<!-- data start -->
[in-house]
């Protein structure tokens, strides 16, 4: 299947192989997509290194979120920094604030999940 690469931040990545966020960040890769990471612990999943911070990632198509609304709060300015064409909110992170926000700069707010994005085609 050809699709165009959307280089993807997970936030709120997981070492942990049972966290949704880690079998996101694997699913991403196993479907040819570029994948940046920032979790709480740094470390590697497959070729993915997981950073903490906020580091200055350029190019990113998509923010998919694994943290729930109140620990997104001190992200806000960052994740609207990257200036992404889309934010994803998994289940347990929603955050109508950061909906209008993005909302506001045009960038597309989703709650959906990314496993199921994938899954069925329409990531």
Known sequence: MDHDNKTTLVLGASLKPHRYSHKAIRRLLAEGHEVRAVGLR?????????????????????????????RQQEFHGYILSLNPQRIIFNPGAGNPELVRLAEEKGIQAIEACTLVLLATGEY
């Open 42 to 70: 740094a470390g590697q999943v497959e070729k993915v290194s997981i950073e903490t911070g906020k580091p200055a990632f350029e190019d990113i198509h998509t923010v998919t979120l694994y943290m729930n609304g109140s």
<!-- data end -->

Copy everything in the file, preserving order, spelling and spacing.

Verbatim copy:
[in-house]
């Protein structure tokens, strides 16, 4: 299947192989997509290194979120920094604030999940 690469931040990545966020960040890769990471612990999943911070990632198509609304709060300015064409909110992170926000700069707010994005085609 050809699709165009959307280089993807997970936030709120997981070492942990049972966290949704880690079998996101694997699913991403196993479907040819570029994948940046920032979790709480740094470390590697497959070729993915997981950073903490906020580091200055350029190019990113998509923010998919694994943290729930109140620990997104001190992200806000960052994740609207990257200036992404889309934010994803998994289940347990929603955050109508950061909906209008993005909302506001045009960038597309989703709650959906990314496993199921994938899954069925329409990531």
Known sequence: MDHDNKTTLVLGASLKPHRYSHKAIRRLLAEGHEVRAVGLR?????????????????????????????RQQEFHGYILSLNPQRIIFNPGAGNPELVRLAEEKGIQAIEACTLVLLATGEY
């Open 42 to 70: 740094a470390g590697q999943v497959e070729k993915v290194s997981i950073e903490t911070g906020k580091p200055a990632f350029e190019d990113i198509h998509t923010v998919t979120l694994y943290m729930n609304g109140s």